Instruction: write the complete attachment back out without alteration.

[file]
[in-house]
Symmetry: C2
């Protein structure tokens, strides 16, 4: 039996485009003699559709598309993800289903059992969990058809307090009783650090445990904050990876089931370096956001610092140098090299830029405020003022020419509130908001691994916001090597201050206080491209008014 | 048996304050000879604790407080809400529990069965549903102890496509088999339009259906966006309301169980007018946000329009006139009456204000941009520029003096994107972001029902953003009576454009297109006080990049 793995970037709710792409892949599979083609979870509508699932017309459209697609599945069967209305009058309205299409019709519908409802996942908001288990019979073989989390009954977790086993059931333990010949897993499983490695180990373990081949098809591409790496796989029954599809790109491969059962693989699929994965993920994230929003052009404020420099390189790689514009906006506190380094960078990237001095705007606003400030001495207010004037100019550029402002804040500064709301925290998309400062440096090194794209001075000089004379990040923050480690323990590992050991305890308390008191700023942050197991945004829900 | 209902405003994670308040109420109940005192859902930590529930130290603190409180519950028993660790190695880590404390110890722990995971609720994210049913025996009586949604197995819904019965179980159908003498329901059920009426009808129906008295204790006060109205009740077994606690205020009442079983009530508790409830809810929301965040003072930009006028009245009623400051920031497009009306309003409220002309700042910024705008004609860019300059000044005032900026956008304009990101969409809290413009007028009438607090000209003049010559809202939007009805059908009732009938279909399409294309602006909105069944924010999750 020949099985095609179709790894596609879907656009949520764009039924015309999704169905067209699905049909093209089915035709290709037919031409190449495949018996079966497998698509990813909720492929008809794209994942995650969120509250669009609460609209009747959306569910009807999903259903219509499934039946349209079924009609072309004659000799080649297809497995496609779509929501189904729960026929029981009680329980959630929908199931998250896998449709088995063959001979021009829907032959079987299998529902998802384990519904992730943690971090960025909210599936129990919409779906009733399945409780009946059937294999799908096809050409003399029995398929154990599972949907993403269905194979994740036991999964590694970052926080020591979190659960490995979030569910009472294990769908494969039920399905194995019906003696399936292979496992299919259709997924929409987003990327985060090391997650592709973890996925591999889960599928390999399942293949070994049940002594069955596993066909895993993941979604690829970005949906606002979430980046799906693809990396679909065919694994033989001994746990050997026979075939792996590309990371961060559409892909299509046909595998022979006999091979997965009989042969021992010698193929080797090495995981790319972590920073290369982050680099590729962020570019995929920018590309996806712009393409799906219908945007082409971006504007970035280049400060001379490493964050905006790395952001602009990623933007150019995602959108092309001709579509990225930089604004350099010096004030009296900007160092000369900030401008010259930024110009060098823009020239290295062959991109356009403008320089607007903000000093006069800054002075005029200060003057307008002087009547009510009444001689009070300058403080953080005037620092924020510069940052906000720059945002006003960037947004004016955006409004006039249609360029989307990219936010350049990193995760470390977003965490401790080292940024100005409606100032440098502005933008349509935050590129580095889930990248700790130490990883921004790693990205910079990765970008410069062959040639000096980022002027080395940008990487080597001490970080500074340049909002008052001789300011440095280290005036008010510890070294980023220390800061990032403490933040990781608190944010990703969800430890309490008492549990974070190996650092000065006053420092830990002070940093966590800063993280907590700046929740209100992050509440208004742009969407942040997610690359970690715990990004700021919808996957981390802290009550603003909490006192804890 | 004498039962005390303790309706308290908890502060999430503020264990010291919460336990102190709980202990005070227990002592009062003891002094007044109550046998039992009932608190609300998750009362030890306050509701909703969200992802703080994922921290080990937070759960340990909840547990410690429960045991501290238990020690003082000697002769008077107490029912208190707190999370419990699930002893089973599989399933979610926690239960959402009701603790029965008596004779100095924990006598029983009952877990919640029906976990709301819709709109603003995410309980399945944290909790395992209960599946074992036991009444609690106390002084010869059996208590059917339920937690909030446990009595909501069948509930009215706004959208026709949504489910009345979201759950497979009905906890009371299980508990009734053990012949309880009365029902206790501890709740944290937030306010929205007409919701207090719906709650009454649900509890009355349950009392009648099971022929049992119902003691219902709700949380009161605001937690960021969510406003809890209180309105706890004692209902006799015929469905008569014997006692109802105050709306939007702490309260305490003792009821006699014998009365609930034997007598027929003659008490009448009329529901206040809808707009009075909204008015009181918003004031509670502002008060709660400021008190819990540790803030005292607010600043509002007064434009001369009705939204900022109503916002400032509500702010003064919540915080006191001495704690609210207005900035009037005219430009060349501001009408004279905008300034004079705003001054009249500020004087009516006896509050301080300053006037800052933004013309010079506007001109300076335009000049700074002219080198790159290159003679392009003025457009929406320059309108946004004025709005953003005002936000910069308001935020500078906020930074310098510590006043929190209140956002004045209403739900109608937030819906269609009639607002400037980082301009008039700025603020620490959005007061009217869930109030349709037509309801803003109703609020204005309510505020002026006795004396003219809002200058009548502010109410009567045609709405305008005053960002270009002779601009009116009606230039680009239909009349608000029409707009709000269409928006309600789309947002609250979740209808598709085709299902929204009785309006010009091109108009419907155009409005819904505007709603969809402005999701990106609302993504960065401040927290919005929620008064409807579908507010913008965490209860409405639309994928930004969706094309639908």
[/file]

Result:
[in-house]
Symmetry: C2
């Protein structure tokens, strides 16, 4: 039996485009003699559709598309993800289903059992969990058809307090009783650090445990904050990876089931370096956001610092140098090299830029405020003022020419509130908001691994916001090597201050206080491209008014 | 048996304050000879604790407080809400529990069965549903102890496509088999339009259906966006309301169980007018946000329009006139009456204000941009520029003096994107972001029902953003009576454009297109006080990049 793995970037709710792409892949599979083609979870509508699932017309459209697609599945069967209305009058309205299409019709519908409802996942908001288990019979073989989390009954977790086993059931333990010949897993499983490695180990373990081949098809591409790496796989029954599809790109491969059962693989699929994965993920994230929003052009404020420099390189790689514009906006506190380094960078990237001095705007606003400030001495207010004037100019550029402002804040500064709301925290998309400062440096090194794209001075000089004379990040923050480690323990590992050991305890308390008191700023942050197991945004829900 | 209902405003994670308040109420109940005192859902930590529930130290603190409180519950028993660790190695880590404390110890722990995971609720994210049913025996009586949604197995819904019965179980159908003498329901059920009426009808129906008295204790006060109205009740077994606690205020009442079983009530508790409830809810929301965040003072930009006028009245009623400051920031497009009306309003409220002309700042910024705008004609860019300059000044005032900026956008304009990101969409809290413009007028009438607090000209003049010559809202939007009805059908009732009938279909399409294309602006909105069944924010999750 020949099985095609179709790894596609879907656009949520764009039924015309999704169905067209699905049909093209089915035709290709037919031409190449495949018996079966497998698509990813909720492929008809794209994942995650969120509250669009609460609209009747959306569910009807999903259903219509499934039946349209079924009609072309004659000799080649297809497995496609779509929501189904729960026929029981009680329980959630929908199931998250896998449709088995063959001979021009829907032959079987299998529902998802384990519904992730943690971090960025909210599936129990919409779906009733399945409780009946059937294999799908096809050409003399029995398929154990599972949907993403269905194979994740036991999964590694970052926080020591979190659960490995979030569910009472294990769908494969039920399905194995019906003696399936292979496992299919259709997924929409987003990327985060090391997650592709973890996925591999889960599928390999399942293949070994049940002594069955596993066909895993993941979604690829970005949906606002979430980046799906693809990396679909065919694994033989001994746990050997026979075939792996590309990371961060559409892909299509046909595998022979006999091979997965009989042969021992010698193929080797090495995981790319972590920073290369982050680099590729962020570019995929920018590309996806712009393409799906219908945007082409971006504007970035280049400060001379490493964050905006790395952001602009990623933007150019995602959108092309001709579509990225930089604004350099010096004030009296900007160092000369900030401008010259930024110009060098823009020239290295062959991109356009403008320089607007903000000093006069800054002075005029200060003057307008002087009547009510009444001689009070300058403080953080005037620092924020510069940052906000720059945002006003960037947004004016955006409004006039249609360029989307990219936010350049990193995760470390977003965490401790080292940024100005409606100032440098502005933008349509935050590129580095889930990248700790130490990883921004790693990205910079990765970008410069062959040639000096980022002027080395940008990487080597001490970080500074340049909002008052001789300011440095280290005036008010510890070294980023220390800061990032403490933040990781608190944010990703969800430890309490008492549990974070190996650092000065006053420092830990002070940093966590800063993280907590700046929740209100992050509440208004742009969407942040997610690359970690715990990004700021919808996957981390802290009550603003909490006192804890 | 004498039962005390303790309706308290908890502060999430503020264990010291919460336990102190709980202990005070227990002592009062003891002094007044109550046998039992009932608190609300998750009362030890306050509701909703969200992802703080994922921290080990937070759960340990909840547990410690429960045991501290238990020690003082000697002769008077107490029912208190707190999370419990699930002893089973599989399933979610926690239960959402009701603790029965008596004779100095924990006598029983009952877990919640029906976990709301819709709109603003995410309980399945944290909790395992209960599946074992036991009444609690106390002084010869059996208590059917339920937690909030446990009595909501069948509930009215706004959208026709949504489910009345979201759950497979009905906890009371299980508990009734053990012949309880009365029902206790501890709740944290937030306010929205007409919701207090719906709650009454649900509890009355349950009392009648099971022929049992119902003691219902709700949380009161605001937690960021969510406003809890209180309105706890004692209902006799015929469905008569014997006692109802105050709306939007702490309260305490003792009821006699014998009365609930034997007598027929003659008490009448009329529901206040809808707009009075909204008015009181918003004031509670502002008060709660400021008190819990540790803030005292607010600043509002007064434009001369009705939204900022109503916002400032509500702010003064919540915080006191001495704690609210207005900035009037005219430009060349501001009408004279905008300034004079705003001054009249500020004087009516006896509050301080300053006037800052933004013309010079506007001109300076335009000049700074002219080198790159290159003679392009003025457009929406320059309108946004004025709005953003005002936000910069308001935020500078906020930074310098510590006043929190209140956002004045209403739900109608937030819906269609009639607002400037980082301009008039700025603020620490959005007061009217869930109030349709037509309801803003109703609020204005309510505020002026006795004396003219809002200058009548502010109410009567045609709405305008005053960002270009002779601009009116009606230039680009239909009349608000029409707009709000269409928006309600789309947002609250979740209808598709085709299902929204009785309006010009091109108009419907155009409005819904505007709603969809402005999701990106609302993504960065401040927290919005929620008064409807579908507010913008965490209860409405639309994928930004969706094309639908």